This is the stated end goal of the bill: The state agencies shall issue policies, guidance, and rules necessary to implement the use of cumulative impact analyses to identify highly impacted communities, to create target environmental health standards, and to prioritize these communities and their vulnerable populations in the development, adoption, implementation, and enforcement of environmental laws, regulations, policies, and funding decisions.
The bill has hidden blue pills that should be considered by those of us who will most likely find themselves impacted by the language in the bill. Some reading between the lines is needed, but without clearly defined goals, such wording as “the state agencies shall adopt such rules, policies, guidance, and prioritizations as are needed to reduce disproportionate environmental burdens and promote attainment of environmental health targets”, and the insertion into law of the precautionary principle “"Precautionary approach" means where there are threats of serious or irreversible damage, lack of full scientific certainty is not used as a reason for postponing measures to prevent environmental degradation.” Though worded clumsily, the intent is clear.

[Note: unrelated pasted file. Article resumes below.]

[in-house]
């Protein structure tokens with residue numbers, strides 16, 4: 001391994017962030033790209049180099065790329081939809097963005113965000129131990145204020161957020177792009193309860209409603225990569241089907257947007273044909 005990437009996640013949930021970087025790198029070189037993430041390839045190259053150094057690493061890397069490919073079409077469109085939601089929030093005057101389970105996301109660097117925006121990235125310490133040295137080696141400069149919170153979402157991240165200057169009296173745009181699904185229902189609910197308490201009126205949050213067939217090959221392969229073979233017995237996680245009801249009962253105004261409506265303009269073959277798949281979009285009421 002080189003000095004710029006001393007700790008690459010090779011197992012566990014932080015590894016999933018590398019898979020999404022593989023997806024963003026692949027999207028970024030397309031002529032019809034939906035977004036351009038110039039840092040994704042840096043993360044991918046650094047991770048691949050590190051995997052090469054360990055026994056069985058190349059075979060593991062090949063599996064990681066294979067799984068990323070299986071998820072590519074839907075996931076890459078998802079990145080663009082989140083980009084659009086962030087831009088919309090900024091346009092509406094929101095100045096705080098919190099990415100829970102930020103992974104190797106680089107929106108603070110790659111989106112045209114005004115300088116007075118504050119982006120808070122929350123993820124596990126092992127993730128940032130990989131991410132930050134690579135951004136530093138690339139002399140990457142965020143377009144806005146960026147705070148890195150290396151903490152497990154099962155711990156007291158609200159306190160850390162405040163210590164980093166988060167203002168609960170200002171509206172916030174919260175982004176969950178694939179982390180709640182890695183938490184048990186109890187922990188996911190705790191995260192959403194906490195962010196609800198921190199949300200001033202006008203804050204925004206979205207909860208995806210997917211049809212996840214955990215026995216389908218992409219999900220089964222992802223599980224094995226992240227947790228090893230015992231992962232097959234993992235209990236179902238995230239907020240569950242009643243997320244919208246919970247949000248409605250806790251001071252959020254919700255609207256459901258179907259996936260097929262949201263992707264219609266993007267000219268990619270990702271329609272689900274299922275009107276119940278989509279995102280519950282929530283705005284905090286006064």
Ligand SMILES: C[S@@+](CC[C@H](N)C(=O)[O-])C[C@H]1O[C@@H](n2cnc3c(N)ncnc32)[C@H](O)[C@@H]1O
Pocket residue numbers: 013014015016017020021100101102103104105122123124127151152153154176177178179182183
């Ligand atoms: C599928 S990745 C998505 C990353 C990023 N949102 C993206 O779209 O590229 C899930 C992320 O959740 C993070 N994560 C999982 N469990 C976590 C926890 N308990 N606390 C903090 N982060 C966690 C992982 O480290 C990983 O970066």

These blue pills are red flags, CAPR has rated this bill POOR with good reason, read it and see where the language is alarming to you. Call the legislative hotline and tell your legislators if you are Pro Or Con on this misguided bill!
Testimony against this bill:
Citizens’ Alliance for Property Rights
While it can be safe to say no member of CAPR wishes to see degradation of the environment nor poor health for any citizen of Washington State we find HB 2009 creates mandates that will not be attainable through state governance.